and undergoing repairs, and that there is not a particle of it which is the same now that it was ten years ago!
7. Thus we are dying every hour, nay, every instant; and the only difference between this death and that which occurs at the end of life (so far as regards the body) is, that in this gradual death the place of every dead particle is instantly supplied by a living one, while in the other case all the parts of the body perish together, and are not reproduced. In youth the building up process goes on more actively than the pulling down process; in middle life the two powers are equal; but in old age the pulling down process gains the ascendency, and the house we live in gradually falls to decay.
8. How strange it seems that ten years ago you had one body, and that now you have another! You can, indeed, see, hear, and taste as you could before; but the eye with which you see is not the same as the one you had ten years ago: it is a new eye; and you hear with a different ear, and taste with another tongue. Indeed, the eye of to-day is not the same as that of yesterday; for a part of the eye of yesterday has passed away, while the deficiency thus produced has been supplied by a part of yesterday's dinner! But the mindthe thinking power or principle of yesterday and of ten years ago that is within you still. Through all the changes and the many deaths of the body, the mind-the soul-still lives.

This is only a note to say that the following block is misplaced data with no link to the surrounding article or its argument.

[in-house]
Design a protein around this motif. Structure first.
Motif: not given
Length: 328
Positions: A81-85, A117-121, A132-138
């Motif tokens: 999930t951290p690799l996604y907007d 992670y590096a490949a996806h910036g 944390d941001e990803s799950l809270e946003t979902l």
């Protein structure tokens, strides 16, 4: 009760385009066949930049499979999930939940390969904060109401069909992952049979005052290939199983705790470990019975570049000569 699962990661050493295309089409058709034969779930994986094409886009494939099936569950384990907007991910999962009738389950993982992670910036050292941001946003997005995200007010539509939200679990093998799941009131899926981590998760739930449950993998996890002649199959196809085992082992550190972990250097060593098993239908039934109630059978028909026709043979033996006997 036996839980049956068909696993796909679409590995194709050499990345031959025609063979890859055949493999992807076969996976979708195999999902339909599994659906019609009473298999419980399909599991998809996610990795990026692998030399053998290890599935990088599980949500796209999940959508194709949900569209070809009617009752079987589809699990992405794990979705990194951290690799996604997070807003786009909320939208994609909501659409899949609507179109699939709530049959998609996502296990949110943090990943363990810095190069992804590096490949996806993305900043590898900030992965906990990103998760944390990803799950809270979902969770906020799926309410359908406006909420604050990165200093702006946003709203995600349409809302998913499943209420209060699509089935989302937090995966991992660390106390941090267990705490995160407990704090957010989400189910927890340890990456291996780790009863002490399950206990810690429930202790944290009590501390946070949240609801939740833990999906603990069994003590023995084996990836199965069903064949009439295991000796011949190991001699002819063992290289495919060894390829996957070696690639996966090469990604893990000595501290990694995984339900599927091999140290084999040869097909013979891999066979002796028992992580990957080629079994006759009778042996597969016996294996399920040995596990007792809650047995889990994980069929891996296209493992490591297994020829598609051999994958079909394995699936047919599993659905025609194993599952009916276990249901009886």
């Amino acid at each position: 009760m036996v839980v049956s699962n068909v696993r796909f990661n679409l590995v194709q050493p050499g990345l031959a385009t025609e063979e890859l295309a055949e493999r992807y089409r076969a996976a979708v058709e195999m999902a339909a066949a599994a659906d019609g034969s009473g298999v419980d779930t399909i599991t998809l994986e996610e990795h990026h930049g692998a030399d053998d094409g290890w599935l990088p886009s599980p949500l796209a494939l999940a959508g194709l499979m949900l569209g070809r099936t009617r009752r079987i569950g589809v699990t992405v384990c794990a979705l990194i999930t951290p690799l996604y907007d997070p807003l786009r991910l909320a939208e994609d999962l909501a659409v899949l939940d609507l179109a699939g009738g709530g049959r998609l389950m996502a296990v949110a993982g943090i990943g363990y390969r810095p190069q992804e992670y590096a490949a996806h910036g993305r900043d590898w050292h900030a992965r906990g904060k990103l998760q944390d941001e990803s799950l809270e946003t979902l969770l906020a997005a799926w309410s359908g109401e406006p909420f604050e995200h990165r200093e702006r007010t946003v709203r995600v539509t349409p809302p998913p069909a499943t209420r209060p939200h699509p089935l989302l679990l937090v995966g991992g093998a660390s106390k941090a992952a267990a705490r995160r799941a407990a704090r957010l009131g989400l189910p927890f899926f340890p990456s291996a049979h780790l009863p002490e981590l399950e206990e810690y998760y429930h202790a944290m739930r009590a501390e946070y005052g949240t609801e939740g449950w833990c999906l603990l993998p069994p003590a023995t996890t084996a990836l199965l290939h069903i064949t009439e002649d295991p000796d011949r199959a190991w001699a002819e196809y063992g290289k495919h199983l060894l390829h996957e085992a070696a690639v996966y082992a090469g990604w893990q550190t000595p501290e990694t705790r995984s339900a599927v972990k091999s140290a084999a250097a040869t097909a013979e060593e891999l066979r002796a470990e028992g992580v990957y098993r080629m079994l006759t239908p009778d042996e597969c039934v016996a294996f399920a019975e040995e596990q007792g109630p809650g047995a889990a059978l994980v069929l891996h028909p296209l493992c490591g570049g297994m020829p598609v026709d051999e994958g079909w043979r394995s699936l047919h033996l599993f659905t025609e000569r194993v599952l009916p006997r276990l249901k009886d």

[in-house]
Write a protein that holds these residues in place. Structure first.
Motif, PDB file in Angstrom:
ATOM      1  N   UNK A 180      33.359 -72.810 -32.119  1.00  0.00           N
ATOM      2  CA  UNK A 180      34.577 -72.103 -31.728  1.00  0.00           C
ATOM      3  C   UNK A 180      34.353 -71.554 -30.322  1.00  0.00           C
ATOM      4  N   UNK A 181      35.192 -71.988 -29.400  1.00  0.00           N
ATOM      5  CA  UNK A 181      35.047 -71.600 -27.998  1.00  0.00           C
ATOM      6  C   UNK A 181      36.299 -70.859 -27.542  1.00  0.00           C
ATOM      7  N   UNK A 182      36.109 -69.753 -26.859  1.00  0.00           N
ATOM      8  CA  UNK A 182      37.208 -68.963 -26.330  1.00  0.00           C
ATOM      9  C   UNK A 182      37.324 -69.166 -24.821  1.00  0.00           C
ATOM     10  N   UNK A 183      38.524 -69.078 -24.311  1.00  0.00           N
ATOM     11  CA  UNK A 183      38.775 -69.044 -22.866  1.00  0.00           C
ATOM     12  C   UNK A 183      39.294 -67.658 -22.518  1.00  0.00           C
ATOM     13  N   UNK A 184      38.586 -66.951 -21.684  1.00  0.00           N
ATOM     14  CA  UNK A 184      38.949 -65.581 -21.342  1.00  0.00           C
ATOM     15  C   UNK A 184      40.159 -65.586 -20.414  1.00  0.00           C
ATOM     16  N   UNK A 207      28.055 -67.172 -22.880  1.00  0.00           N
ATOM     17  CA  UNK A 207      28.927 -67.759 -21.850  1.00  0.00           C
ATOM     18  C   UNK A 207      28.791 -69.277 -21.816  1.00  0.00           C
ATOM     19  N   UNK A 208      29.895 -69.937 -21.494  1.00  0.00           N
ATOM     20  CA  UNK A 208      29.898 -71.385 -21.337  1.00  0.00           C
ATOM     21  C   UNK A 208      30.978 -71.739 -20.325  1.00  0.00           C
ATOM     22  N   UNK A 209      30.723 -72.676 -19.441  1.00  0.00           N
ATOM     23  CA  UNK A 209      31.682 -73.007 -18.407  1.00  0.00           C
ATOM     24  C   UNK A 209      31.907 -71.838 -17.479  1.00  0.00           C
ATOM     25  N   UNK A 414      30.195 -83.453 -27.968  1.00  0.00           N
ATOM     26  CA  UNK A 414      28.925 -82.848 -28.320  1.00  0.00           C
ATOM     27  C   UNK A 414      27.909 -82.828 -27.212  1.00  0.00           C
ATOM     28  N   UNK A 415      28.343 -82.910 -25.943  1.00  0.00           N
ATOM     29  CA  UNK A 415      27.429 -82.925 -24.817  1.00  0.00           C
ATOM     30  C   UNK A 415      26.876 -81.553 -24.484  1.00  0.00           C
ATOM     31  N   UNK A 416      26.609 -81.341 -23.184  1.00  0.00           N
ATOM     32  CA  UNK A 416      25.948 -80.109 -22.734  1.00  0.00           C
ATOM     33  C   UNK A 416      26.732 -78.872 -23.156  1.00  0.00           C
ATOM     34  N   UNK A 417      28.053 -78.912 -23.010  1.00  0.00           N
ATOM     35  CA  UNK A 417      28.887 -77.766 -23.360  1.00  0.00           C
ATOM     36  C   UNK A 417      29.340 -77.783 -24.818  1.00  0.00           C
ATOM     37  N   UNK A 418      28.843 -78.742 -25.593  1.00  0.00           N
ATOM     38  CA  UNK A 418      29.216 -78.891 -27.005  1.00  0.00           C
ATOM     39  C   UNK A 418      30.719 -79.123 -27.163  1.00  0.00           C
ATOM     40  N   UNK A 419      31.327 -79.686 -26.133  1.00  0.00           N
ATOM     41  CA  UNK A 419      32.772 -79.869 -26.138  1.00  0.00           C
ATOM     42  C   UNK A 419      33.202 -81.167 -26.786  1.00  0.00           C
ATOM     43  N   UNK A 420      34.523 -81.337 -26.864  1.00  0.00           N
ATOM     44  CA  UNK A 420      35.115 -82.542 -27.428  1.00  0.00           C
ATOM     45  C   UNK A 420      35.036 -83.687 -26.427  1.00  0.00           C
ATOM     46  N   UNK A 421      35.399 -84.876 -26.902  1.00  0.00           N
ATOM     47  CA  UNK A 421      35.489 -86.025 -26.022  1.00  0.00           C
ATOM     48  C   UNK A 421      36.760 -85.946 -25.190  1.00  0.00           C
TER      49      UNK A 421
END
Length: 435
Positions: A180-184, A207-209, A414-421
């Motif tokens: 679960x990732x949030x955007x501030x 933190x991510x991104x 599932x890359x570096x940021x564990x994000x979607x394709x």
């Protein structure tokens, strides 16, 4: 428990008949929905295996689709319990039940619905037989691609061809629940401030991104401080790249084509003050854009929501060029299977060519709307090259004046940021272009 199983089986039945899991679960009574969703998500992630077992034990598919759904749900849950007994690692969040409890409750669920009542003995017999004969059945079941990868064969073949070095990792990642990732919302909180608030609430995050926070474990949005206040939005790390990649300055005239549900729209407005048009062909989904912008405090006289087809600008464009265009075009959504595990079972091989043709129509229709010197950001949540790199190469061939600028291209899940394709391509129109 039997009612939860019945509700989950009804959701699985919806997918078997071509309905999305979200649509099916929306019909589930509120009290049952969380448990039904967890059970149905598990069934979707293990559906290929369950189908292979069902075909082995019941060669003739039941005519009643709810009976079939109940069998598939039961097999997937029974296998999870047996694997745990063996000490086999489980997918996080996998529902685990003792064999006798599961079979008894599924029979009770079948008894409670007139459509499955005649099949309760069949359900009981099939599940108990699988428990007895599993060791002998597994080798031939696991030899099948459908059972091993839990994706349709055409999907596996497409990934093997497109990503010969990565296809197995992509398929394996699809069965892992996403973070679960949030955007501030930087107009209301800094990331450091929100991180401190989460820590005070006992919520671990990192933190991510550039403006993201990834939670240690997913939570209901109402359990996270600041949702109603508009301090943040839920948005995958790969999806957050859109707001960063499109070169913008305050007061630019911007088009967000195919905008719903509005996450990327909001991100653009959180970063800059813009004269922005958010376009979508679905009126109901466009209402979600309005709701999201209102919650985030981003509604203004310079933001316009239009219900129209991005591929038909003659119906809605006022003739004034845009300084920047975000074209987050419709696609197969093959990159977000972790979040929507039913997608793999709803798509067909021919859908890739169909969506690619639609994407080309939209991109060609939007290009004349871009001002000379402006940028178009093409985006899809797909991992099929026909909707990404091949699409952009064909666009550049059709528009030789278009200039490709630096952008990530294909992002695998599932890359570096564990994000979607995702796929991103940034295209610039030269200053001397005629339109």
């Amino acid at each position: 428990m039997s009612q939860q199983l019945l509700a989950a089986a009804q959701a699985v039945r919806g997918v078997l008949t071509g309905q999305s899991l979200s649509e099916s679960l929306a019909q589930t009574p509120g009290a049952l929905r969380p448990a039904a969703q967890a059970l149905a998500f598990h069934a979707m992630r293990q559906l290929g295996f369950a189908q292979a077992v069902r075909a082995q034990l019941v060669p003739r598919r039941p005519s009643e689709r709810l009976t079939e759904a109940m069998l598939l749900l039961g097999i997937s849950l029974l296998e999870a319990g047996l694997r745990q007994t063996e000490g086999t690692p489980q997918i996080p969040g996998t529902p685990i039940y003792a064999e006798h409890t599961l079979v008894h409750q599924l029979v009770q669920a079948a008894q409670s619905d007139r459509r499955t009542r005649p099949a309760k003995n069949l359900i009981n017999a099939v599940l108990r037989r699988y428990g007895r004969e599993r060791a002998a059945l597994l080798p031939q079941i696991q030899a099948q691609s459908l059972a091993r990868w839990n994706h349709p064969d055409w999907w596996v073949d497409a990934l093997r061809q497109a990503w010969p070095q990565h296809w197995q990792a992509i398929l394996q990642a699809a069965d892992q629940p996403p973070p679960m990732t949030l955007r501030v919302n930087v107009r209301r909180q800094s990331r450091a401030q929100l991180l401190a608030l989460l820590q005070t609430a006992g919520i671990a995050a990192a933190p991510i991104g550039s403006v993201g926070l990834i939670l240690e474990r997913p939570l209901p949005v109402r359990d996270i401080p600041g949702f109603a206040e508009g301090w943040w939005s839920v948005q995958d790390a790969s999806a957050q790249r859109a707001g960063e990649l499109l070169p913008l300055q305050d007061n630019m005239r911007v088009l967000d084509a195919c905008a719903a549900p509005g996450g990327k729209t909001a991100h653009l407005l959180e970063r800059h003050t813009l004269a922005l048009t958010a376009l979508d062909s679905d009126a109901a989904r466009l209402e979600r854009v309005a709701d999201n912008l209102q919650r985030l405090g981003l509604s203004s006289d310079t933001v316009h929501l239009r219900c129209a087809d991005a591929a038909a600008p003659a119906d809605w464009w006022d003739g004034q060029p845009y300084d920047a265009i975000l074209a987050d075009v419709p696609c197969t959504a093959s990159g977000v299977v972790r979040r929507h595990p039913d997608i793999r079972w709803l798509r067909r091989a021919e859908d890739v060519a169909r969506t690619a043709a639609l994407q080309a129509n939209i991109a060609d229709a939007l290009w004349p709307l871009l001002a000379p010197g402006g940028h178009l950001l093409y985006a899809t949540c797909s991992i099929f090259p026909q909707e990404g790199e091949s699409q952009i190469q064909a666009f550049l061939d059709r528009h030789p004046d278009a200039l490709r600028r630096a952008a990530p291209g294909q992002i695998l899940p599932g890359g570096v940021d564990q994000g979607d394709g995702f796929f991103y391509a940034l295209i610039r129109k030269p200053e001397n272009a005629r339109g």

"The purple stream that through my vessels glides,
Waxes and wastes ; I call it mine', not me':
AP-PA-RA'-TUS, a complete set of instru- TRANS-CEND'-ENT, very excellent. ments for performing any operation. 5 GLEBE, soil; land. AS-CEND'-EN-CY, controlling influence; su-6 "WAXES AND WASTES," periority. 3 COM-PACT'-ED, constructed; made dense 7 MOULD'-ER-ING, decaying. and firm.
grows and de